Tuesday, January 20, 2009

Los olvidados

Today was the second time I watched the film and I was surprised that I did not feel as sad as I did the first time. I remember being very moved by the hatred and anger that the children felt in the movie and also very uncomfortable with the blind beggar character because of the way he rejected the past of time and the changes of social dynamics. I didn’t feel anything of that this time. I am actually worried of being so far removed from the reality shown in the movie that I can not feel for the community represented in the movie anymore. I think that they have become “those people” and
I have just become an audience.

My reason for telling my feelings with respect to the movie is to point out that “Los olvidados”, whether a documentary or not, does pretend to raise awareness about what is going on in the slums of Mexico city and therefore he has an specific audience in mind. Such audience are those who do not live in poor neighborhoods or who don’t experience the lost of a son in a gang fight. “Los olvidados” does a good job documenting various issues in expanding cities like marginalization of peripheral areas, delinquency, youth crime and family violence. The story line is so dramatic and intense that it makes the actual facts taken from reality even more shocking. Luis Bunuel adds a lot of dramatic elements to the movie like close captions to the chickens, dreams, coincidences and symbols that add to the intensity of the emotions that the characters deal with and therefore allow the view to get to know them.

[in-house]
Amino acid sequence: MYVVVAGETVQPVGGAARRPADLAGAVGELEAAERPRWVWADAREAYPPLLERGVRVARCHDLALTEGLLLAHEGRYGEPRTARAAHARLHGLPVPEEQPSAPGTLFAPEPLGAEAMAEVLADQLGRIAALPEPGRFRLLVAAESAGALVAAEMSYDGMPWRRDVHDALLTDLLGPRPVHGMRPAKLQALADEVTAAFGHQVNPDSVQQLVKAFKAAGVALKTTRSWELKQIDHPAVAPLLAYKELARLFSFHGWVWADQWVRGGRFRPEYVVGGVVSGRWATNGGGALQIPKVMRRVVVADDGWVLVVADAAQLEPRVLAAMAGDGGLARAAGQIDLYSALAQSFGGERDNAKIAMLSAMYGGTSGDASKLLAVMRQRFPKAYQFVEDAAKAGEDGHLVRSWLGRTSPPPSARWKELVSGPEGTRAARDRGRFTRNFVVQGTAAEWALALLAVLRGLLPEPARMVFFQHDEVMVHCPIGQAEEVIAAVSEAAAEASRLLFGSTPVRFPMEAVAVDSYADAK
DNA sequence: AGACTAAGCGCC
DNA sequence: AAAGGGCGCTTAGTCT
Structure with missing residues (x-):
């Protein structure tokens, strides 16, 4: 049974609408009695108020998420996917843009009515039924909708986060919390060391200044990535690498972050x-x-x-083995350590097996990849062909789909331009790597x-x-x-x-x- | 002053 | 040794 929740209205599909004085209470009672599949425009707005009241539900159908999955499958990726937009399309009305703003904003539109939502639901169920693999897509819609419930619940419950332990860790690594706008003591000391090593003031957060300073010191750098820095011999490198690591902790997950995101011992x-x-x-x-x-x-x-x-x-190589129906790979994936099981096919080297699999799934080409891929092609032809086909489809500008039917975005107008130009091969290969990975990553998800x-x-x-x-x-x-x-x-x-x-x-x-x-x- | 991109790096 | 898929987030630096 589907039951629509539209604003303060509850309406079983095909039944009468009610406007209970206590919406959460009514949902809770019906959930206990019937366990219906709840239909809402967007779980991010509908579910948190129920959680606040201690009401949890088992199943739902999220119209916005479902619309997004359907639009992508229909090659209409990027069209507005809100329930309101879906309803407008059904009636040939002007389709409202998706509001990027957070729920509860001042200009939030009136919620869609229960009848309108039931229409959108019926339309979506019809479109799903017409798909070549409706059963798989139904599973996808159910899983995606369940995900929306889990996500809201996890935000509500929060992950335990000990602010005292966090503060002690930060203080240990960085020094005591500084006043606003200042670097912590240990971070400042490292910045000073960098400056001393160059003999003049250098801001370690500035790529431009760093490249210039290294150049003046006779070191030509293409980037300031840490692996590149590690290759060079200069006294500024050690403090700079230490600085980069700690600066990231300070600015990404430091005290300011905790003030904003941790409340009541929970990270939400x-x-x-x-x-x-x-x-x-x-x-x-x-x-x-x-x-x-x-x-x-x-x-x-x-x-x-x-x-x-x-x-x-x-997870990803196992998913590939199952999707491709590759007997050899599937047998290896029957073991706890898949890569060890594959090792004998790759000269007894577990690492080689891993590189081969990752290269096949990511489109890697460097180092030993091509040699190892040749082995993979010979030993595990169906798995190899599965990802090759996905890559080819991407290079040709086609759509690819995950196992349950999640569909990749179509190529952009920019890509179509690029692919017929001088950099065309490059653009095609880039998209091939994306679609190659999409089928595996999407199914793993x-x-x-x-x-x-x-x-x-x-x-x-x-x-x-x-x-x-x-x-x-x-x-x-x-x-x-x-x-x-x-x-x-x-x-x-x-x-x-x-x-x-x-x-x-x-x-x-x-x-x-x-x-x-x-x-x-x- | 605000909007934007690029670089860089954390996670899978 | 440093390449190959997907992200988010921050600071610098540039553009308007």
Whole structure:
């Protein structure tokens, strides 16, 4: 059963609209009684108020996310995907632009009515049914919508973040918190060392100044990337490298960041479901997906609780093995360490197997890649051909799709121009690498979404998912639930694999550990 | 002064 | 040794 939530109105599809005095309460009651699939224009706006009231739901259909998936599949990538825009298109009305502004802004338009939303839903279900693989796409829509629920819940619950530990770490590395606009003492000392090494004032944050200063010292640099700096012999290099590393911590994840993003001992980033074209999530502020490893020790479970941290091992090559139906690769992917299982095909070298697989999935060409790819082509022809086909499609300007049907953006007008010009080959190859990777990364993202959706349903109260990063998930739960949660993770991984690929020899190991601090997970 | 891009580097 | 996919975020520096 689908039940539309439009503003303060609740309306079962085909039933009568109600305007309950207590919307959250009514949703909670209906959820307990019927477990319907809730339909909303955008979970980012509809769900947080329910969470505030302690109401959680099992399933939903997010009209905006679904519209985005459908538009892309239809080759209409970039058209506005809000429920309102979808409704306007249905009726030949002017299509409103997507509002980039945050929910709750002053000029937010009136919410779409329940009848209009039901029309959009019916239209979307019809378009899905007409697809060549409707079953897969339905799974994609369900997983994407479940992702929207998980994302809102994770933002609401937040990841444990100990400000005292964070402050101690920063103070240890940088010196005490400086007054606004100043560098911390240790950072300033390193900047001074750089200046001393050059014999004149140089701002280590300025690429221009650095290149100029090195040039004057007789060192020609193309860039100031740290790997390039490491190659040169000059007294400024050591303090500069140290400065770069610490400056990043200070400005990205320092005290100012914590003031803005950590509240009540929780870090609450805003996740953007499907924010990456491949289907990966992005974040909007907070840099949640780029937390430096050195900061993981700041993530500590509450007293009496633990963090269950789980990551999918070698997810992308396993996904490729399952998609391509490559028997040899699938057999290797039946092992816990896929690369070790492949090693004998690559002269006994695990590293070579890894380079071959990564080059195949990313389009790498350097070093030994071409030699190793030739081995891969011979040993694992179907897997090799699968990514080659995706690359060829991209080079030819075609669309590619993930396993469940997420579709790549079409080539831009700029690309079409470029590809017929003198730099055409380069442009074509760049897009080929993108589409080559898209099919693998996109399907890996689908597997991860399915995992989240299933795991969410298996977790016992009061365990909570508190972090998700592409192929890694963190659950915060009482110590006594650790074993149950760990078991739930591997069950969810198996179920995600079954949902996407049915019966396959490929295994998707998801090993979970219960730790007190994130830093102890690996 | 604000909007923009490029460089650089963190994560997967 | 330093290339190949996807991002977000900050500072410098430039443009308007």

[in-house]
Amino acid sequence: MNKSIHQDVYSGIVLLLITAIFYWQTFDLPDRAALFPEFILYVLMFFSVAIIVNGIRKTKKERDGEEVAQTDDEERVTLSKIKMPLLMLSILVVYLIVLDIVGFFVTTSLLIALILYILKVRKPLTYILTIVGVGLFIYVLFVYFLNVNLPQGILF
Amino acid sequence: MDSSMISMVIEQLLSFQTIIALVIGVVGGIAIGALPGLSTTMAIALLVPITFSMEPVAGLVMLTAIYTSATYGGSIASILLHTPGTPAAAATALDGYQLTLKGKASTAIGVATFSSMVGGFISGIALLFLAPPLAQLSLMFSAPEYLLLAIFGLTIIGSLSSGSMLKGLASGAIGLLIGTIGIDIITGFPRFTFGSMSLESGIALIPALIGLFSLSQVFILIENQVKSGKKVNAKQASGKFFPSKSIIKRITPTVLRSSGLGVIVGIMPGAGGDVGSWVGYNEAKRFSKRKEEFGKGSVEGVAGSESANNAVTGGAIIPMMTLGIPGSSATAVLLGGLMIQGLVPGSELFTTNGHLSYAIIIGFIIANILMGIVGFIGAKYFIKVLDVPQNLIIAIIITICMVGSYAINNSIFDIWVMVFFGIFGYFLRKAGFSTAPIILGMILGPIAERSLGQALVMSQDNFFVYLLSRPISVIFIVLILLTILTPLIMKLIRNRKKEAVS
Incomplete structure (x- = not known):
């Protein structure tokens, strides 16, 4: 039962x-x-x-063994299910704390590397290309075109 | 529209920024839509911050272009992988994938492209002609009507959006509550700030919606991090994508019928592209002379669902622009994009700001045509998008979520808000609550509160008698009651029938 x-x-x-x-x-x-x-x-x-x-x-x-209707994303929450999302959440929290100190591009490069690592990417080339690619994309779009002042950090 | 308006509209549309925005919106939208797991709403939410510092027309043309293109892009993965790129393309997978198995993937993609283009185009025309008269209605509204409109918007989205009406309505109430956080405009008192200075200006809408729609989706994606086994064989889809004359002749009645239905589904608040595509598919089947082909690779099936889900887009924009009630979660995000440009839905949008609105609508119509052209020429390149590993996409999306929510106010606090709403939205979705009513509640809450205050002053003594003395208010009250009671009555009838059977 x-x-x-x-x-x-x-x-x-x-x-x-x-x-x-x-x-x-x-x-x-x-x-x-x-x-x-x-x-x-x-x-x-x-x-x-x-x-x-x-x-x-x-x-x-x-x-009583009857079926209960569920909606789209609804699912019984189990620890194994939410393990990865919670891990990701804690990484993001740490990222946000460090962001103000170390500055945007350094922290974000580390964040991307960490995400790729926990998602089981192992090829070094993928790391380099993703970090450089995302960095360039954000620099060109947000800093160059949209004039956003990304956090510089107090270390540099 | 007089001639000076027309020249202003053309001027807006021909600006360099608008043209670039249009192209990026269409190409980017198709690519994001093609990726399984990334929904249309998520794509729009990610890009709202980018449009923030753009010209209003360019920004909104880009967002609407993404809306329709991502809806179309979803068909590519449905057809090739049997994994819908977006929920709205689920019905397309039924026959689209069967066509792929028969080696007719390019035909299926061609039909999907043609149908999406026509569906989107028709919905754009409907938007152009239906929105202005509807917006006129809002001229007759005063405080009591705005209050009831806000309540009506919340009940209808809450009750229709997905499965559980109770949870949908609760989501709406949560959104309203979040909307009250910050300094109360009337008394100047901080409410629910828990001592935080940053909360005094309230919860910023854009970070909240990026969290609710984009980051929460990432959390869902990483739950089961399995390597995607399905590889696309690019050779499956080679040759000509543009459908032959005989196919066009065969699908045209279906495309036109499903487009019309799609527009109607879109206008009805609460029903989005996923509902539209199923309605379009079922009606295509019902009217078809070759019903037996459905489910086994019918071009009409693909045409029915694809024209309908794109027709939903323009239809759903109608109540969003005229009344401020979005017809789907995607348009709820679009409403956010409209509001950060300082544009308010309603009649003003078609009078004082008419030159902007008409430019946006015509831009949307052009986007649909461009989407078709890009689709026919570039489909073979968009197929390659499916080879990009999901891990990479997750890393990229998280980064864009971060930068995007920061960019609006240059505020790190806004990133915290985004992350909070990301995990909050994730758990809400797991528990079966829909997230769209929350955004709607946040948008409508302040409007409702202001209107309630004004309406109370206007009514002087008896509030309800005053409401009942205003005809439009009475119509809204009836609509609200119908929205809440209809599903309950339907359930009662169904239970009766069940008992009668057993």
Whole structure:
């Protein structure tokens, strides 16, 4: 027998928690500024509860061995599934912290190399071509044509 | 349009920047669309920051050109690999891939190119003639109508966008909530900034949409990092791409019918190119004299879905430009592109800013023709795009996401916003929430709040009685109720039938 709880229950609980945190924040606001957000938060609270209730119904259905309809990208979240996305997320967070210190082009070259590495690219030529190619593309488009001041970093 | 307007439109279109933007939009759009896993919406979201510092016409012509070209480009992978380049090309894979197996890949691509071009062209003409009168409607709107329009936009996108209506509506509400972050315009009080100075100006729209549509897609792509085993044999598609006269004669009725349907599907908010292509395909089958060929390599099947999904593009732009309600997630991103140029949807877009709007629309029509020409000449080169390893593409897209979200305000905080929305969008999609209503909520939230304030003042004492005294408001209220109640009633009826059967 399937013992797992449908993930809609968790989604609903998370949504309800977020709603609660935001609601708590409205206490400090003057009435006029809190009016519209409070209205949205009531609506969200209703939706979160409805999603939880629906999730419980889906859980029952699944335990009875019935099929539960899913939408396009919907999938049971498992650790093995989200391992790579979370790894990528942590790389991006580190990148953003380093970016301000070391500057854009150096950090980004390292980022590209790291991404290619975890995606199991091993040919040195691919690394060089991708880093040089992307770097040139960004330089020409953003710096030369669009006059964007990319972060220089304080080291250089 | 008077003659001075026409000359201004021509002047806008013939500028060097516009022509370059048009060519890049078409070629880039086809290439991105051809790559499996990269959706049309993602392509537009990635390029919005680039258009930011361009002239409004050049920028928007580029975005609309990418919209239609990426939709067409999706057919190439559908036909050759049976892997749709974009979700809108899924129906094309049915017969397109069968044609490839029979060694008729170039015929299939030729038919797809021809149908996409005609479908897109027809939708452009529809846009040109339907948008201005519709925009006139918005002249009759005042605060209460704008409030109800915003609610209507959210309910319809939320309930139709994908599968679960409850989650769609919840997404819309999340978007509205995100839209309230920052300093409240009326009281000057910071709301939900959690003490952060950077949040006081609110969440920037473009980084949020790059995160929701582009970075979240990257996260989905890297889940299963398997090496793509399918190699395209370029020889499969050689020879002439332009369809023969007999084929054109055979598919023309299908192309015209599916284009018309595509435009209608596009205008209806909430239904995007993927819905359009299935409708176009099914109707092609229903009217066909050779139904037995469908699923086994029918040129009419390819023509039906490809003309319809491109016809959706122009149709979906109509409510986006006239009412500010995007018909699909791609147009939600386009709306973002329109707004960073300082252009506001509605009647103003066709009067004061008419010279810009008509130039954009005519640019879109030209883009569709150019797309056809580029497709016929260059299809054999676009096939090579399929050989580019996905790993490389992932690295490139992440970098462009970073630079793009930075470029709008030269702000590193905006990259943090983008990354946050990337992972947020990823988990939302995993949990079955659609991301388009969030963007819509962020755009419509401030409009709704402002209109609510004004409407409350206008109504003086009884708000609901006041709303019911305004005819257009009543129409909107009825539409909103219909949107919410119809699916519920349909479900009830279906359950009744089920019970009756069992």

In contrast to Aguila o Sol, the orphans of this movie are not as lucky and they end up being killed or abandoned. The women of both films are both supportive instead of protagonist but in “Los olvidados” women are shown as vulnerable and blameful instead of ideal beings.

5 comments:

Jon said...

Cuidado... otra vez pusiste "Span404" en vez de "span404"...

Carolinitiquitica said...

No, yo coloque el labell en letras minusculas pero se convierte automaticamente a mayusculas despues de que lo oprimo "publish post"

elena said...

The fact that the second time you saw the film you were not as shocked as the first time might show what most people do when they are exposed to situations of social injustice repeatedly, especially if they haven't personally experienced the place or the situation. I think most people put up a personal barrier when they know that the shock/sadness is coming...maybe this is because they feel that they can't do anything about it.

Hudson404 said...

I agree that the movie uses the raw and intense images of the youth living in life of crime and the hard times that they endure so to get the message across. And I agree with the point you make on how the women in both films are protrayed that in Aguila o sol they are see to be very strong and in Los olvidados they are not. The men have a disrespect for them but also for each other.

Angell said...

the second film stroke a sad chord more than did the first one to me, and maybe because it's based on true stories.